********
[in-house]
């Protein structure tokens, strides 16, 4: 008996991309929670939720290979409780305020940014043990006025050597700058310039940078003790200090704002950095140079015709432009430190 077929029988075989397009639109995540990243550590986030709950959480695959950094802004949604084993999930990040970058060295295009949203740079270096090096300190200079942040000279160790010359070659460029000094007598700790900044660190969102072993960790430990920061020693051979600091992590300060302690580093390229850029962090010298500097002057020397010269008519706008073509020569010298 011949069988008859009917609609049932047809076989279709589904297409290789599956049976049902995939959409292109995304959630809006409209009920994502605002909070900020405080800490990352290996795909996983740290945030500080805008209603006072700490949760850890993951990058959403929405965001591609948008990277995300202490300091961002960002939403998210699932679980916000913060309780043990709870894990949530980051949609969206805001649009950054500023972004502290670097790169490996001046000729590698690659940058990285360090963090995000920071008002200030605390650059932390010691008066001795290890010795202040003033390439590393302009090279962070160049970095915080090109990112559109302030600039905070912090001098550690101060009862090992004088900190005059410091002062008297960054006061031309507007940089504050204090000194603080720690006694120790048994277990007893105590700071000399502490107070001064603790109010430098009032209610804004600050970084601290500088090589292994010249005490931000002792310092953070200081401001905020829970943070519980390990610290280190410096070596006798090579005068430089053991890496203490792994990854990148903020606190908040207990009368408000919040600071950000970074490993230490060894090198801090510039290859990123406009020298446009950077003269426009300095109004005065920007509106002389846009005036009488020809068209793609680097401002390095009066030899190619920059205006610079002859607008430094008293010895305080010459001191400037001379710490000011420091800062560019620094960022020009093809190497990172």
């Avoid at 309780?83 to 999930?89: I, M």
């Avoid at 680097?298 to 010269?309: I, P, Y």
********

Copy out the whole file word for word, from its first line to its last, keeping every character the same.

[in-house]
């Protein structure tokens, strides 16, 4: 008996991309929670939720290979409780305020940014043990006025050597700058310039940078003790200090704002950095140079015709432009430190 077929029988075989397009639109995540990243550590986030709950959480695959950094802004949604084993999930990040970058060295295009949203740079270096090096300190200079942040000279160790010359070659460029000094007598700790900044660190969102072993960790430990920061020693051979600091992590300060302690580093390229850029962090010298500097002057020397010269008519706008073509020569010298 011949069988008859009917609609049932047809076989279709589904297409290789599956049976049902995939959409292109995304959630809006409209009920994502605002909070900020405080800490990352290996795909996983740290945030500080805008209603006072700490949760850890993951990058959403929405965001591609948008990277995300202490300091961002960002939403998210699932679980916000913060309780043990709870894990949530980051949609969206805001649009950054500023972004502290670097790169490996001046000729590698690659940058990285360090963090995000920071008002200030605390650059932390010691008066001795290890010795202040003033390439590393302009090279962070160049970095915080090109990112559109302030600039905070912090001098550690101060009862090992004088900190005059410091002062008297960054006061031309507007940089504050204090000194603080720690006694120790048994277990007893105590700071000399502490107070001064603790109010430098009032209610804004600050970084601290500088090589292994010249005490931000002792310092953070200081401001905020829970943070519980390990610290280190410096070596006798090579005068430089053991890496203490792994990854990148903020606190908040207990009368408000919040600071950000970074490993230490060894090198801090510039290859990123406009020298446009950077003269426009300095109004005065920007509106002389846009005036009488020809068209793609680097401002390095009066030899190619920059205006610079002859607008430094008293010895305080010459001191400037001379710490000011420091800062560019620094960022020009093809190497990172």
């Avoid at 309780?83 to 999930?89: I, M």
């Avoid at 680097?298 to 010269?309: I, P, Y």